The Atlantic’s new cover story is just the latest installation in its long attack on manhood. But the author’s findings don’t support the existence of rampant toxic masculinity.
It’s got to be hard being a man today. Your entire identity is systematically being scrubbed from existence.
Retired homicide detective and TV star Lt. Joe Kenda is a portrait of man at his best. Here are six ways men can follow his example by using their God-given strengths to serve others.
Men and women are different. Not only should we be able to accommodate those complementary differences, we should revel in them.
Identity-fueled policies are showing up wherever Democrats are now in charge, and athletes and employees are getting sick of them.
Helping restore the lack of masculinity in our society involves recognizing that boys are different than girls and have specific educational needs.
At least Tarantino has his characters worshiping at the right altar: the classic Hollywood films of a bygone era that celebrated the virtues of heroism and doing the right thing, even in the face of danger.
In a culture where greatness is measured not by courage or by strength, but by wokeness and materialism, it’s no wonder men are turning into beta males.
Meryl Streep, of all people, is speaking out against the popular feminist concept of ‘toxic masculinity.’ And with some gusto.
Instead of insisting men and women are the same in every way, we must remember their complementary differences led to mankind’s flourishing.
Over at Ask Men, Ian Stobber wrote a list of what he considers obsolete man skills, and suggestions for replacing them. They’re ridiculous.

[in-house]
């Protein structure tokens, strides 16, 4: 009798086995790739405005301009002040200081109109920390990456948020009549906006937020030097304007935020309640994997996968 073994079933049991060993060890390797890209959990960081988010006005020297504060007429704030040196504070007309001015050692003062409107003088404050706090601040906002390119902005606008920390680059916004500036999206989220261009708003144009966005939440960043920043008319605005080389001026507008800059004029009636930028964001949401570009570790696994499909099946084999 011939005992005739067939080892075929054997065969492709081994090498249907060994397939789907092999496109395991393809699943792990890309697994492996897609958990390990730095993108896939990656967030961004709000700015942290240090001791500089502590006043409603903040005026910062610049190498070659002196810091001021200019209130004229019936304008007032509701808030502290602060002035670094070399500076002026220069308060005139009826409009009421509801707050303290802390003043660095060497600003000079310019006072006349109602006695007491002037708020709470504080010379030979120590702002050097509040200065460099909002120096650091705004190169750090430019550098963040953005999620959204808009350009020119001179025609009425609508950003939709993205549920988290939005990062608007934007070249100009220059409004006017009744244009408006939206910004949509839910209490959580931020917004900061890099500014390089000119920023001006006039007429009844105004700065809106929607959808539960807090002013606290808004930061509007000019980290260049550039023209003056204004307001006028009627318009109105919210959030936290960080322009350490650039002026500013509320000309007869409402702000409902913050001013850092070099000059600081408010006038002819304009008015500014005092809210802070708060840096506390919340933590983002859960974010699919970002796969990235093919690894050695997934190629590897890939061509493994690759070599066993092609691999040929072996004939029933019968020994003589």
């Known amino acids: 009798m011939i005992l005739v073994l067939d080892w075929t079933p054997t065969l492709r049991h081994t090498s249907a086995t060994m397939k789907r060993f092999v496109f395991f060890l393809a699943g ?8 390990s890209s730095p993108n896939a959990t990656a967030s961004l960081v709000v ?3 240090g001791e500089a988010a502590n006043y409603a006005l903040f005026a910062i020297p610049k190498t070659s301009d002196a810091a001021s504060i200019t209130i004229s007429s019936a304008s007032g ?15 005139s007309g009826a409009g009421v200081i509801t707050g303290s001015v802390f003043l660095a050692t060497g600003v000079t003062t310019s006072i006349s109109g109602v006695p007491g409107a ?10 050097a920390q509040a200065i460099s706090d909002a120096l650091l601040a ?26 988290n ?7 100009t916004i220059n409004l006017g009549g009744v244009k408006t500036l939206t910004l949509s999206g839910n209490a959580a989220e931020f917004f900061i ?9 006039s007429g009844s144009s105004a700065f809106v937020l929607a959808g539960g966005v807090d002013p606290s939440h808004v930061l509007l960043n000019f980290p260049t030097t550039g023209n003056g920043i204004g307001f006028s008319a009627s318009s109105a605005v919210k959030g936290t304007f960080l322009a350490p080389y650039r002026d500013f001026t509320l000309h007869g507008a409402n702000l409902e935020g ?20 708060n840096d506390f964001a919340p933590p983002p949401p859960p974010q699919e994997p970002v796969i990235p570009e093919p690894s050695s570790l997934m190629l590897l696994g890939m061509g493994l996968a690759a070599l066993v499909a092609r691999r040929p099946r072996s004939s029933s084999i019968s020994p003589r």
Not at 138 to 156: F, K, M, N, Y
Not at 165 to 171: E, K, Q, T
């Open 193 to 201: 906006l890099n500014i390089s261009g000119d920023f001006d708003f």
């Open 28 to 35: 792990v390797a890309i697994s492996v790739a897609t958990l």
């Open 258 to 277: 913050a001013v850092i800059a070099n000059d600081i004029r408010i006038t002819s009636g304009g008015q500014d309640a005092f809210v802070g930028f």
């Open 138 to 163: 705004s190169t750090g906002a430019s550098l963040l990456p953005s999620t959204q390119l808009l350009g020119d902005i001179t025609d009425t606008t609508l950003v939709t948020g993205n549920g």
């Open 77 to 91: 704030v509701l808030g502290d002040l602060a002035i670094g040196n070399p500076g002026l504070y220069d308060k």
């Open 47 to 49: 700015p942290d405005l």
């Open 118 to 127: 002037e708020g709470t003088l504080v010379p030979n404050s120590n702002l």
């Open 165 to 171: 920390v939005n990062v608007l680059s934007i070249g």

The much-lauded parenting author Michael Reichert believes the only thing we have to fear about boyhood is boyhood itself.
Although in some respects a continuation of the corny, 1980s nostalgia of ‘The Karate Kid,’ ‘Cobra Kai’ reminds Americans of cardinal truths about children that we all know deep down.
The series recaptures one of the greatest virtues of science fiction long gone missing in other genres: a strong, self-sacrificing, masculine hero.
Unfortunately, what could otherwise be a good book is ruined by the author’s own self-importance and a sorry lack of central theme and guidance.
Much to left’s chagrin, the former president was able to speak hard truths about personal growth and community accountability to an audience of young black men.
When actor Jonah Hill said men have been taught not to show vulnerability because it’s thought to be feminine or gay, he’s ignoring a fundamental aspect of being a man.
That some men misunderstand masculinity and misuse it is not justification for broadly rejecting broad shoulders, stubbly chins, and horsepower competitions.
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